Adjudication-v- Litigation

 The following case demonstrates the benefits of avoiding litigation at all costs

if the case had gone thought the traditional route say with counsel and solicitors appointed by both sides and then the usual disclosure, case management hearings, and hearing before a judge the parties would have been exposed to several years of delay and costs estimated to be £200,000 plus

Mr & Mrs E Husein v Mr S Dassu (2107) Adjudication, N. A. Dight

Philip Antino acted for the respondent (Dassu) in this building dispute. The referring party (Husein)  engaged the respondent to undertake significant building works to their property with a final contract sum of £138,004 plus vat. A dispute arose, the respondent made allegations of poor workmanship alluded to in a report prepared by Mr Campbell of Land Commercial Chartered Surveyors.

N.A .Dight  was the adjudictaor appointed to resolve the dispute, recorded “I agree with Mr Antino’s opinion that Mr Campbells report is akin to a snagging report rather than an experts report identifying by factual evidence and expert opinion alleged defects” Mr Antino’s report had identified minor snagging items and incomplete works estimated at  £6876 by way of abatement. The referring party rejected this opinion and sought £100,000. The adjudicator dismissed the claim accepting again Mr Antino’s evidence and awarded after adjustments the referring party pay to the respondent a final payment of £15,078.00. in addition the referring party were ordered to pay theadjudicators costs of paid the costs£12,602.88.  From anticipating a windfall of £100,000, the Referring party (Hussein) ended up paying £28,000 plus their own costs.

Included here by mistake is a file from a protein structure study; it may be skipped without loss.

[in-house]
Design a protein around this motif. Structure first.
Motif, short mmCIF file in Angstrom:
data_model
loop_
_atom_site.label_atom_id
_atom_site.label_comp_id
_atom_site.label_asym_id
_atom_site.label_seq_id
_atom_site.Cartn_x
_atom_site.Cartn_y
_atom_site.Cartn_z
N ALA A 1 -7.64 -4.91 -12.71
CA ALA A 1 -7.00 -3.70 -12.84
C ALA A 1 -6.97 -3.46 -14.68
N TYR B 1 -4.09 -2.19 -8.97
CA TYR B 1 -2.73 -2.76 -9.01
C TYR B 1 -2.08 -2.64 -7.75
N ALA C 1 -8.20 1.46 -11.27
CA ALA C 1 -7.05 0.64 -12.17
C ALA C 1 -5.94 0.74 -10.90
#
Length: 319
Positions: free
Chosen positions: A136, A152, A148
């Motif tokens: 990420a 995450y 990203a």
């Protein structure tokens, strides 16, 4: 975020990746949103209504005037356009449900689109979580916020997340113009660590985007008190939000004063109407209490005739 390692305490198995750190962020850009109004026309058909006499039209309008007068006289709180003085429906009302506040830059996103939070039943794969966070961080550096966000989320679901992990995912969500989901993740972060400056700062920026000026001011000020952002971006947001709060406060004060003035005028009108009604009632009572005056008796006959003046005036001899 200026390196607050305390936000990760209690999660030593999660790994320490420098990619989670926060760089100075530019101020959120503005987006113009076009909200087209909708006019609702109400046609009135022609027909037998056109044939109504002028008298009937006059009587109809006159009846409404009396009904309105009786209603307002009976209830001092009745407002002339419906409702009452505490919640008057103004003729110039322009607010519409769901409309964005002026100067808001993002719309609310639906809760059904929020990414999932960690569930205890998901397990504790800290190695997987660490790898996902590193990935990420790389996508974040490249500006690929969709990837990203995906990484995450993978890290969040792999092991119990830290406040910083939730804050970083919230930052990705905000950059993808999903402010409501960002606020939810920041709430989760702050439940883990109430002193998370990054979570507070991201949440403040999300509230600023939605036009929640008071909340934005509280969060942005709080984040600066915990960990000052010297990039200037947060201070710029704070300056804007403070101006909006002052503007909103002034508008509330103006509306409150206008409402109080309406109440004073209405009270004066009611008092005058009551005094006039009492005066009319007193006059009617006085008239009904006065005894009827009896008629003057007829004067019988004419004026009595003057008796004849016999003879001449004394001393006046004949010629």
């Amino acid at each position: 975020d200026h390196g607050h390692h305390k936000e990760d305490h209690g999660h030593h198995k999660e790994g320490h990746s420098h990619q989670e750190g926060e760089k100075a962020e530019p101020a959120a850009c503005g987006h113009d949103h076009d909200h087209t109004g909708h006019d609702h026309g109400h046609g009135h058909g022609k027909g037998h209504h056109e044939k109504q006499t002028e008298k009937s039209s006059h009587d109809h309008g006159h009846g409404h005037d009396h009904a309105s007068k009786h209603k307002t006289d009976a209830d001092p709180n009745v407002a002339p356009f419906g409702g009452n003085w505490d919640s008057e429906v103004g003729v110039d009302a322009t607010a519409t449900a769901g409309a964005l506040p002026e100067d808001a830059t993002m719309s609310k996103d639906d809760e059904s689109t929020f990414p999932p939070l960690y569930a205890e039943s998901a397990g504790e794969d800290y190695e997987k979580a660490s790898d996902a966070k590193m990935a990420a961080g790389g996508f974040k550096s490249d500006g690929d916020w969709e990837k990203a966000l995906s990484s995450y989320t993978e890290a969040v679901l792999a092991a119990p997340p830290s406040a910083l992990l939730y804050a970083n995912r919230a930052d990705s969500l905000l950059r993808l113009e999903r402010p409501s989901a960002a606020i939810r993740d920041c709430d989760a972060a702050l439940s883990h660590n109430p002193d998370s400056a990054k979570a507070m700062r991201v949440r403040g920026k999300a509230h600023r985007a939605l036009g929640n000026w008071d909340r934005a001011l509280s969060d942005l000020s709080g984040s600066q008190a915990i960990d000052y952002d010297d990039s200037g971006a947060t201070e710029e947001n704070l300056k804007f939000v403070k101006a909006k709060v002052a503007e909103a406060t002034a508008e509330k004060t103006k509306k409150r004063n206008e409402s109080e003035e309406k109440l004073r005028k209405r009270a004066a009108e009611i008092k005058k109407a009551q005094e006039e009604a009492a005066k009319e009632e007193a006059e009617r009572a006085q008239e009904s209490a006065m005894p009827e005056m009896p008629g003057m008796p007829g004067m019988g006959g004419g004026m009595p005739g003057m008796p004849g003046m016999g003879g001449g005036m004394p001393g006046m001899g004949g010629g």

Posted on September 26, 2017 .

ETHICS – A DISAPPEARING PRINCIPLE

 

ETHICS – A DISAPPEARING PRINCIPLE

As a Party Wall Surveyor, I have noted a considerable decline in the standards and ethics being adopted and implemented by various Party Wall surveyors and indeed the judiciary.  Indeed, some of the more prolific violators are those which are wrongly held within the Party Wall community as “respected eminent Party Wall surveyors”.

The following scenarios are true. I have withheld the surveyor’s identity, because they have been reported to their professional body (RICS) and are currently facing investigation.

Case number 1

As the Adjoining Owners surveyor (“AOS”) and post service of the Parent Award, the Building Owner’s surveyor (“BOS1”) was replaced by BOS2 at the request of the BO on spurious grounds of incapacity.  The BOS1 then wrongly deemed himself incapable of acting.  This approach by BOS2 is a standard tactic that he uses to achieve an appointment.  The difficulties that flowed after BOS2 involvement are substantial.  There were breaches of the parent Award, blatant refusals by BOS to engage with and follow the award. BOS2 refused to allow the AOS onto site to carry out inspections as explicitly set out within the Award. BOS2 encouraged the builders to ignore monitoringlevels within the award. As a consequence, damage was caused to the Adjoining Owner’s property in the region of £250,000 plus vat.